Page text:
The development of novel multiresistant hypervirulent strains from formerly avirulent or only weakly virulent strains is dramatically fuelled by the acquisition of mobile genetic elements carrying virulence factors. In spite of its relevance, the mechanisms underlying gene transfer among bacteria remain, in most cases, unidentified. In this project we will establish novel pathways by which bacteria exchange genetic information. Our results in support of this proposal suggest the existence of a hitherto unrecognized attribute of the Staphylococcal pathogenicity islands (SaPIs) that allows their promiscuous spread in nature. SaPIs are the prototypical members of a novel family of mobile genetic elements, the phage-inducible chromosomal islands (PICIs). They are important because they carry and disseminate clinically relevant virulence genes, including toxins and antibiotic resistance genes. We describe here the fascinating discovery that SaPIs have evolved to target conserved, essential phage mechanisms for their de-repression and widespread transfer in nature. This elegant strategy allows intra and inter-generic SaPI transfer, highlighting these elements as one of nature’s most fascinating subcellular parasites. In this project we will decipher the molecular basis of this unprecedented strategy. By achieving this objective we will establish new paradigms involving pathogenicity islands in bacterial evolution and virulence, and will provide strategies to block pathogenicity island dissemination and the emergence of novel bacterial virulent clones.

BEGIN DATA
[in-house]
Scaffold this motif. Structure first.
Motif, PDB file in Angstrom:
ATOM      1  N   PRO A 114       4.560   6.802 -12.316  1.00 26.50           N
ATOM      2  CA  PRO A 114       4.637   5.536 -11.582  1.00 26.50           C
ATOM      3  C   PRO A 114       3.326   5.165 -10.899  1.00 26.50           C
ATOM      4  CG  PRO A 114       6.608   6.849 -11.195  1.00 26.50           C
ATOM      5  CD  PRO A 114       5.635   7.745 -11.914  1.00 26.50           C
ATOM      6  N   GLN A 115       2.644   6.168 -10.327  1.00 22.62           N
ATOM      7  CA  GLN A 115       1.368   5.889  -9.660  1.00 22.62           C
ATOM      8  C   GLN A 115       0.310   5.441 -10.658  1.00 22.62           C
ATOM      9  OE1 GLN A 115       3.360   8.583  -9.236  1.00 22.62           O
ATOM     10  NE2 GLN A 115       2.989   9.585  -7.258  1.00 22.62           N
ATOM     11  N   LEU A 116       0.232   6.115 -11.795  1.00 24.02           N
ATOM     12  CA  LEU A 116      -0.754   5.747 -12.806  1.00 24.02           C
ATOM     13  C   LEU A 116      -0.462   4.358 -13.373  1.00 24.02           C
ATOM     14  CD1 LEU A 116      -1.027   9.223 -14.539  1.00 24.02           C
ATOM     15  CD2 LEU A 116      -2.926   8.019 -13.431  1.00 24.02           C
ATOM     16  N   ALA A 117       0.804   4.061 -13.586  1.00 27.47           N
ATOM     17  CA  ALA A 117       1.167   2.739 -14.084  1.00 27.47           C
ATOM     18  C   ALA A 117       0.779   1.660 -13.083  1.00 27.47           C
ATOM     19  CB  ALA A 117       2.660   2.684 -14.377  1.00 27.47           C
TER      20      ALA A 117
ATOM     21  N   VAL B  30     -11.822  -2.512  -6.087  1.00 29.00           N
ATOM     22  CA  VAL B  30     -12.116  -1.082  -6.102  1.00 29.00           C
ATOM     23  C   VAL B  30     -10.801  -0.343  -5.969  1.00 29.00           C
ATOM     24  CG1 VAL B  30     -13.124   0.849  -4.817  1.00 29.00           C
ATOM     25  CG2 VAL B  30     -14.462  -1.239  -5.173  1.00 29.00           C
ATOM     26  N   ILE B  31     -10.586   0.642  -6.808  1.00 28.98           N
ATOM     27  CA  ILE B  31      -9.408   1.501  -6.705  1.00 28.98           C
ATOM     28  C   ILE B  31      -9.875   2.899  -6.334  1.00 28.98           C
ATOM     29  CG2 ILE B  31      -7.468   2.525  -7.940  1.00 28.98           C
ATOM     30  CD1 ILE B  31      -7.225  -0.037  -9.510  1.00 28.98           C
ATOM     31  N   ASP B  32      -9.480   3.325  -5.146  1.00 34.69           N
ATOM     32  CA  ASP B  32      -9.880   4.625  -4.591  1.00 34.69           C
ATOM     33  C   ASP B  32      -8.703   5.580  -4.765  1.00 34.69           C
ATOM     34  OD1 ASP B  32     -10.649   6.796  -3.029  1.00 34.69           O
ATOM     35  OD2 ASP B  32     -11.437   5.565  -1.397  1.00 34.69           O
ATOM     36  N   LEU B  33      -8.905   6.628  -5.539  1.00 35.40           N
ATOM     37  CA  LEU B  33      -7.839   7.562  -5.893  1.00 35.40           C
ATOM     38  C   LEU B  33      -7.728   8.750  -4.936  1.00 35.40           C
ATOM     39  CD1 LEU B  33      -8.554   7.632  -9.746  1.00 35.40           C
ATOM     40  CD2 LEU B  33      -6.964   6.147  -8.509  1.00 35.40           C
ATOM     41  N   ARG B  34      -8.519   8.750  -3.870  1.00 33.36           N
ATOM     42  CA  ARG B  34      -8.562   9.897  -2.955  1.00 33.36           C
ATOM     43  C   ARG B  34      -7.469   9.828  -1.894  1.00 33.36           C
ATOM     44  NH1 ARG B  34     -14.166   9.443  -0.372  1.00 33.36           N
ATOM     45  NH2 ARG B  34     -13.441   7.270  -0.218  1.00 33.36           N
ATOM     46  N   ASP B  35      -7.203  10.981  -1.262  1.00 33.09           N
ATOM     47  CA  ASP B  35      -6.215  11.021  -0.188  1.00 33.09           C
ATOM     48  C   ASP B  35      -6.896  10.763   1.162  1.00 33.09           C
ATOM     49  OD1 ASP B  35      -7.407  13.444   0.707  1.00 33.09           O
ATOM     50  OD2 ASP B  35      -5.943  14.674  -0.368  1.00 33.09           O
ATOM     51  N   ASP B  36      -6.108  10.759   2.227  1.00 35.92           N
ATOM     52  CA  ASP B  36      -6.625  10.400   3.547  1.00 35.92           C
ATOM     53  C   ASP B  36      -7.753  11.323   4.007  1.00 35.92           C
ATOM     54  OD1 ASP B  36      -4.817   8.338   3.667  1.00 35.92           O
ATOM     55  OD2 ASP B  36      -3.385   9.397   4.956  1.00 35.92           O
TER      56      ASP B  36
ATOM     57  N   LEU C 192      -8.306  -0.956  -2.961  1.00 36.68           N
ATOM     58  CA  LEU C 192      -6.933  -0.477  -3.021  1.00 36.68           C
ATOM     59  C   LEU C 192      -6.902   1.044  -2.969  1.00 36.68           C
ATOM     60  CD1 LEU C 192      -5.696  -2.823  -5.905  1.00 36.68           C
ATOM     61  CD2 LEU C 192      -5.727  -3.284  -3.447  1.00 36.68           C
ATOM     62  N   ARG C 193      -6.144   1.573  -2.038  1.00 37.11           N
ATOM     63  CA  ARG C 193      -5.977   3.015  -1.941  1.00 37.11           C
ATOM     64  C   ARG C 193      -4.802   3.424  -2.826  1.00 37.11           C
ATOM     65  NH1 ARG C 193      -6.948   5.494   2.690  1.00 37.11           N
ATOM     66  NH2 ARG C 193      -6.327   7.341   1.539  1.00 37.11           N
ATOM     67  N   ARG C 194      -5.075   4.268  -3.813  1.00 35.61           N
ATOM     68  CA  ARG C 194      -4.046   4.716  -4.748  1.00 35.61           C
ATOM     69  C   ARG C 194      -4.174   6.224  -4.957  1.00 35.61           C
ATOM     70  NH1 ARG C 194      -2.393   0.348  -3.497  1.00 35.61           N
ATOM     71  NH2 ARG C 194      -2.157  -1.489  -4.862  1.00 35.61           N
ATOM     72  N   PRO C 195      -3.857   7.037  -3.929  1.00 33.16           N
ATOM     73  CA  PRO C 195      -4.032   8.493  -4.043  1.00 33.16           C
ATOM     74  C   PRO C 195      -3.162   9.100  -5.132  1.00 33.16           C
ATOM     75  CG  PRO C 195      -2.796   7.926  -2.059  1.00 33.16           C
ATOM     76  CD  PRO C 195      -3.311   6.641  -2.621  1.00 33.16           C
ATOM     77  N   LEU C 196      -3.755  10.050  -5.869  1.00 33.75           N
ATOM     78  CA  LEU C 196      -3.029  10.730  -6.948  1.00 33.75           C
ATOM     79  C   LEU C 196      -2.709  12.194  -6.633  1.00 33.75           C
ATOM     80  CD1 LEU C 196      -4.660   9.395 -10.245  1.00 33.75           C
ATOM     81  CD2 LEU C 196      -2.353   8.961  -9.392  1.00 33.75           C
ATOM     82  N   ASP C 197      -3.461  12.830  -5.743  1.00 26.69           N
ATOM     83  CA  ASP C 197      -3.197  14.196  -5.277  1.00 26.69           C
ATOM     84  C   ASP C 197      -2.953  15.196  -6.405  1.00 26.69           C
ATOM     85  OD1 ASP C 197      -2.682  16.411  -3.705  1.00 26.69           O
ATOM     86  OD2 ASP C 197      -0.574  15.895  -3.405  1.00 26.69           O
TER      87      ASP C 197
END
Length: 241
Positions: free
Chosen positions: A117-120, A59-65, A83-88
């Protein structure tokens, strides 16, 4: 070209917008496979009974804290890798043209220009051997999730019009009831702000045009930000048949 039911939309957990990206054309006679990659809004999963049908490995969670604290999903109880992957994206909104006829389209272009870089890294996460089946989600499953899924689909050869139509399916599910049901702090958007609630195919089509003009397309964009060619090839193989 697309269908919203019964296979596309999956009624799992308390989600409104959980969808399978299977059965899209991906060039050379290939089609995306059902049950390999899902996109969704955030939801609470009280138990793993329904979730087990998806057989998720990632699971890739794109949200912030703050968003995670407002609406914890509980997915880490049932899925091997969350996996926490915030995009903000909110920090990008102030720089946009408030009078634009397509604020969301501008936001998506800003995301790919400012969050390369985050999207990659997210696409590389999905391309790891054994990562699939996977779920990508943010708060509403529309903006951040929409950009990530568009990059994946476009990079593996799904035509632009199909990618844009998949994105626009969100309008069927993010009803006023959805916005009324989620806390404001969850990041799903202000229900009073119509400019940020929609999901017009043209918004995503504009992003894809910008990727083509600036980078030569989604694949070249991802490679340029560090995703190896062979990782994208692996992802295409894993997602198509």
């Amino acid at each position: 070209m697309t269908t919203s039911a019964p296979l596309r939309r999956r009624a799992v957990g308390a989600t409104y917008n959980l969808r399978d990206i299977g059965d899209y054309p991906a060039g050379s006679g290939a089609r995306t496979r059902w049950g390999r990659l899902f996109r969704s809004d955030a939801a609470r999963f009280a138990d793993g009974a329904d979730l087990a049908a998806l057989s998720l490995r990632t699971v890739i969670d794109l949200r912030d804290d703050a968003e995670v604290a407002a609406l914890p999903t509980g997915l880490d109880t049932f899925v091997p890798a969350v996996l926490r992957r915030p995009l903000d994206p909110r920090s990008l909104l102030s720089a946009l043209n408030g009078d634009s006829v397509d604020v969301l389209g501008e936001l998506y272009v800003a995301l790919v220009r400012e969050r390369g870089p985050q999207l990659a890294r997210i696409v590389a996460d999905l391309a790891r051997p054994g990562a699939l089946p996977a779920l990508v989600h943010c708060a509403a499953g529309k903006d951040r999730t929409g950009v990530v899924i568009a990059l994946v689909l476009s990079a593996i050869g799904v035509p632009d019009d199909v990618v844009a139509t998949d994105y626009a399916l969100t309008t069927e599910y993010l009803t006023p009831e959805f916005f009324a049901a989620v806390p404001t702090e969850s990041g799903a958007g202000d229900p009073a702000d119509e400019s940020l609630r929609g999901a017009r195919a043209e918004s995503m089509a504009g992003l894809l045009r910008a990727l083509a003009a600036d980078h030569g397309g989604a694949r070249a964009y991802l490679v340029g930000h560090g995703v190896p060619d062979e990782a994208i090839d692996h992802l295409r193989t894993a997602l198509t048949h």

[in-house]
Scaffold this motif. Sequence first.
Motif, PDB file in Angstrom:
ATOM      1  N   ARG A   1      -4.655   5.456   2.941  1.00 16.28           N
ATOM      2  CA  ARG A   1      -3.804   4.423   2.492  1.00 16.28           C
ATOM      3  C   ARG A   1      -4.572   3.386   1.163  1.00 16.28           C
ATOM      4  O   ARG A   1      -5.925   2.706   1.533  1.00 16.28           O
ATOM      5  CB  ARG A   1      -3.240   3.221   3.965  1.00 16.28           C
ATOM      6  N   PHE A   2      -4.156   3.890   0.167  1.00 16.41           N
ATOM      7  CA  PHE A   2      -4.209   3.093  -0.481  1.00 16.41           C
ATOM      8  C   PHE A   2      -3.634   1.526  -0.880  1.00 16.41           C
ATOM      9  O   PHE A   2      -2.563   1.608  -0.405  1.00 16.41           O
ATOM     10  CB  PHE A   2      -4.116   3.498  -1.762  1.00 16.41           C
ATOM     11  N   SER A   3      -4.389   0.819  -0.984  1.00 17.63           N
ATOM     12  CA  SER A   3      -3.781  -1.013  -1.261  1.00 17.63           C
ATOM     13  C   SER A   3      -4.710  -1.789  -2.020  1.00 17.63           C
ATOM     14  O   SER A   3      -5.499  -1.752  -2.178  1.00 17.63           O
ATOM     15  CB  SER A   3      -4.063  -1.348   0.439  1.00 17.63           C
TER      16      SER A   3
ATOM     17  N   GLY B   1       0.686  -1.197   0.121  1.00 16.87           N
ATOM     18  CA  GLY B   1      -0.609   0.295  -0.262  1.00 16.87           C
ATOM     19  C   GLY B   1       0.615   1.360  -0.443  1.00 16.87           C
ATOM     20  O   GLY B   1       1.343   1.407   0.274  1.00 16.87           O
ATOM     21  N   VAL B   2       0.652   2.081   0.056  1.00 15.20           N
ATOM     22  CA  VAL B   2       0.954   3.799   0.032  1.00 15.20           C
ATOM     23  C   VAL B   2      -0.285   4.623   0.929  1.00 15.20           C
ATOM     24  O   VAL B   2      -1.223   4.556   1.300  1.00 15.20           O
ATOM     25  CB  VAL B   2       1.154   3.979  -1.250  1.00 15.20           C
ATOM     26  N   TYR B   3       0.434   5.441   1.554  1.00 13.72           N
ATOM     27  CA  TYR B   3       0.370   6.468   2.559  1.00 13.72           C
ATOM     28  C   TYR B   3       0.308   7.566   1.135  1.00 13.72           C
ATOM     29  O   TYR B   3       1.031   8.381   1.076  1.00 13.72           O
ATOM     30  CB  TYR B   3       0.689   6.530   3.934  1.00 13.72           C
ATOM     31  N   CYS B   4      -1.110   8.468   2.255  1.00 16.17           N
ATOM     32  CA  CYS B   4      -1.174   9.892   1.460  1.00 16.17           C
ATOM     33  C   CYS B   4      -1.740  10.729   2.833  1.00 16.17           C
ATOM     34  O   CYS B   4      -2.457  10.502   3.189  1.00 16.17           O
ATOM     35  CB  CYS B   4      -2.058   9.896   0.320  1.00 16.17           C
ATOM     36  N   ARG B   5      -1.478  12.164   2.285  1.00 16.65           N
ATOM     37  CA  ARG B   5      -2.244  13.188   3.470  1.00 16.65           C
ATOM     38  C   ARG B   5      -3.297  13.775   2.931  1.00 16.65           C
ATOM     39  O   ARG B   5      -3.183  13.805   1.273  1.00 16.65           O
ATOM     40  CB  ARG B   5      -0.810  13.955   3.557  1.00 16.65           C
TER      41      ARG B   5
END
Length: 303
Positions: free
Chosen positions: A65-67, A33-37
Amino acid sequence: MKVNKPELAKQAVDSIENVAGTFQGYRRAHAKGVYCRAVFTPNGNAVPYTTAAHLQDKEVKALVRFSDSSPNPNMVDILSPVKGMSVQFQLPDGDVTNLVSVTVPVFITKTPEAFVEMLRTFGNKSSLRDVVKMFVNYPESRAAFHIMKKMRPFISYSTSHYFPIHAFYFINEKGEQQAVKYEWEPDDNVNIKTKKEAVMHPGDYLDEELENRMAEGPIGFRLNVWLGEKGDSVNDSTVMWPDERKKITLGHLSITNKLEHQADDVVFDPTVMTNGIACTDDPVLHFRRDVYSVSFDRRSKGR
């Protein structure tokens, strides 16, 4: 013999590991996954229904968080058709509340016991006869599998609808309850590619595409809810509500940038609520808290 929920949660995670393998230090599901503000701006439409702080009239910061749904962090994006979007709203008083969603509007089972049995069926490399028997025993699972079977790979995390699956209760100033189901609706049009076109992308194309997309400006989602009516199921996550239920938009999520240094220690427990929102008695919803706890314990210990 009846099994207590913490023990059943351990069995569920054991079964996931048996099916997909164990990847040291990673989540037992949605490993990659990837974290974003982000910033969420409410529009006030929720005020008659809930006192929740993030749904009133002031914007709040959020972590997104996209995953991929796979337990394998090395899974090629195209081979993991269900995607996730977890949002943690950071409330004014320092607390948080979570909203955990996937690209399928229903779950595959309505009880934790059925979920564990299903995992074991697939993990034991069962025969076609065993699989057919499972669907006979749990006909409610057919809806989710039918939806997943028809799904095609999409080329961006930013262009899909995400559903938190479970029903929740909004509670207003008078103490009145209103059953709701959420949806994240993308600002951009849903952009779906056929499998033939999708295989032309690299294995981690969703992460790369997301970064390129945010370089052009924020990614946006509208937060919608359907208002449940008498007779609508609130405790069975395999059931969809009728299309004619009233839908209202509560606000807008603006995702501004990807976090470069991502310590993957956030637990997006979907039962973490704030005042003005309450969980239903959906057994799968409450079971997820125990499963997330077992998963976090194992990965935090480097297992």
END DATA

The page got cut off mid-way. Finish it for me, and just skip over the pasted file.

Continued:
Fully funded PhD Studentship (4 years).
Funding from: Royal Society Wolfson Fellowships (2018)
PhD stipend: £14,777/year PhD fees and consumables: covered by the PhD Studentship.